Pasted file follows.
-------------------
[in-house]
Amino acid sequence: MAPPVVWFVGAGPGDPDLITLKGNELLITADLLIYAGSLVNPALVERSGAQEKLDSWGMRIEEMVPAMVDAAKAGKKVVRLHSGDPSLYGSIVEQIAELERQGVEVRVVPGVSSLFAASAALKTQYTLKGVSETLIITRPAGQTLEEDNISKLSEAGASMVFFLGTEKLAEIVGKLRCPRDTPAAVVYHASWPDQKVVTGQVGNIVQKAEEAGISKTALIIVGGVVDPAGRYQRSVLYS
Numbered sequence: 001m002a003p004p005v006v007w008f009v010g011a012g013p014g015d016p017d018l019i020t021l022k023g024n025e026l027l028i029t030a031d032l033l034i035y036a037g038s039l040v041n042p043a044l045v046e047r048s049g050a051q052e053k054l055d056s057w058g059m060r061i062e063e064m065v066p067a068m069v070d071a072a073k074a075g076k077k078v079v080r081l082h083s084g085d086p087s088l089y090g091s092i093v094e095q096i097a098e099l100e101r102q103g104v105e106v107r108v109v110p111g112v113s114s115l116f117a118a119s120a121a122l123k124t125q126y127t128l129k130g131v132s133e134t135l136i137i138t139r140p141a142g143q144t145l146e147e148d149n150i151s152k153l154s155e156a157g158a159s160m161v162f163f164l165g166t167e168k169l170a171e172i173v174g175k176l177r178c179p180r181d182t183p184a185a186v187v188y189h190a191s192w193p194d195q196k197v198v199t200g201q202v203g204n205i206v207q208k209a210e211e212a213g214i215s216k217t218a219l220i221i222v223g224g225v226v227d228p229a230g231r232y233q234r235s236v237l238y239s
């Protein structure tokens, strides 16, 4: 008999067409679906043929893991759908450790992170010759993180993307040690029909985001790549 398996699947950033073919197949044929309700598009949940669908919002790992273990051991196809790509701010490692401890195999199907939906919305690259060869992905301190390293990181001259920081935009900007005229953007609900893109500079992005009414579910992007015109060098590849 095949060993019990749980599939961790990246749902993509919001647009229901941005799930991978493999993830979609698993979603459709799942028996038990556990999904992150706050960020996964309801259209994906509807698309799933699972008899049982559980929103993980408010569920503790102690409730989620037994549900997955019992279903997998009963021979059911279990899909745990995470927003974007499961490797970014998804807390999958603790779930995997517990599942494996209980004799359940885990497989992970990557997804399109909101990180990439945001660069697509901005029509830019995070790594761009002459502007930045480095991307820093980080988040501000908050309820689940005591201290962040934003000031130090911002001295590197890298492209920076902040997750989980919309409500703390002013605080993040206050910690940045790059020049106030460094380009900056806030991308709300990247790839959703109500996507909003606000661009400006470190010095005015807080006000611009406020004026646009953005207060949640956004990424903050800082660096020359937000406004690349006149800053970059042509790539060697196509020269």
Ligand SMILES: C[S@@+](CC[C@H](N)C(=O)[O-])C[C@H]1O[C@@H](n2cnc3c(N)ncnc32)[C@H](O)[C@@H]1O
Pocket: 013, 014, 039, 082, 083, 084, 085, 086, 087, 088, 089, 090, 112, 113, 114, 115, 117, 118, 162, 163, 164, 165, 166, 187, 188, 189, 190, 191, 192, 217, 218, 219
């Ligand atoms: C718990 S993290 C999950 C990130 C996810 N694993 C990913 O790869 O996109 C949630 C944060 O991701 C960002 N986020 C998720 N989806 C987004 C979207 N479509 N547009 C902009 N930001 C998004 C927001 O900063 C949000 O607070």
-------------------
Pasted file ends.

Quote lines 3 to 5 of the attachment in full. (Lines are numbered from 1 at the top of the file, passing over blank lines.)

Numbered sequence: 001m002a003p004p005v006v007w008f009v010g011a012g013p014g015d016p017d018l019i020t021l022k023g024n025e026l027l028i029t030a031d032l033l034i035y036a037g038s039l040v041n042p043a044l045v046e047r048s049g050a051q052e053k054l055d056s057w058g059m060r061i062e063e064m065v066p067a068m069v070d071a072a073k074a075g076k077k078v079v080r081l082h083s084g085d086p087s088l089y090g091s092i093v094e095q096i097a098e099l100e101r102q103g104v105e106v107r108v109v110p111g112v113s114s115l116f117a118a119s120a121a122l123k124t125q126y127t128l129k130g131v132s133e134t135l136i137i138t139r140p141a142g143q144t145l146e147e148d149n150i151s152k153l154s155e156a157g158a159s160m161v162f163f164l165g166t167e168k169l170a171e172i173v174g175k176l177r178c179p180r181d182t183p184a185a186v187v188y189h190a191s192w193p194d195q196k197v198v199t200g201q202v203g204n205i206v207q208k209a210e211e212a213g214i215s216k217t218a219l220i221i222v223g224g225v226v227d228p229a230g231r232y233q234r235s236v237l238y239s
């Protein structure tokens, strides 16, 4: 008999067409679906043929893991759908450790992170010759993180993307040690029909985001790549 398996699947950033073919197949044929309700598009949940669908919002790992273990051991196809790509701010490692401890195999199907939906919305690259060869992905301190390293990181001259920081935009900007005229953007609900893109500079992005009414579910992007015109060098590849 095949060993019990749980599939961790990246749902993509919001647009229901941005799930991978493999993830979609698993979603459709799942028996038990556990999904992150706050960020996964309801259209994906509807698309799933699972008899049982559980929103993980408010569920503790102690409730989620037994549900997955019992279903997998009963021979059911279990899909745990995470927003974007499961490797970014998804807390999958603790779930995997517990599942494996209980004799359940885990497989992970990557997804399109909101990180990439945001660069697509901005029509830019995070790594761009002459502007930045480095991307820093980080988040501000908050309820689940005591201290962040934003000031130090911002001295590197890298492209920076902040997750989980919309409500703390002013605080993040206050910690940045790059020049106030460094380009900056806030991308709300990247790839959703109500996507909003606000661009400006470190010095005015807080006000611009406020004026646009953005207060949640956004990424903050800082660096020359937000406004690349006149800053970059042509790539060697196509020269």
Ligand SMILES: C[S@@+](CC[C@H](N)C(=O)[O-])C[C@H]1O[C@@H](n2cnc3c(N)ncnc32)[C@H](O)[C@@H]1O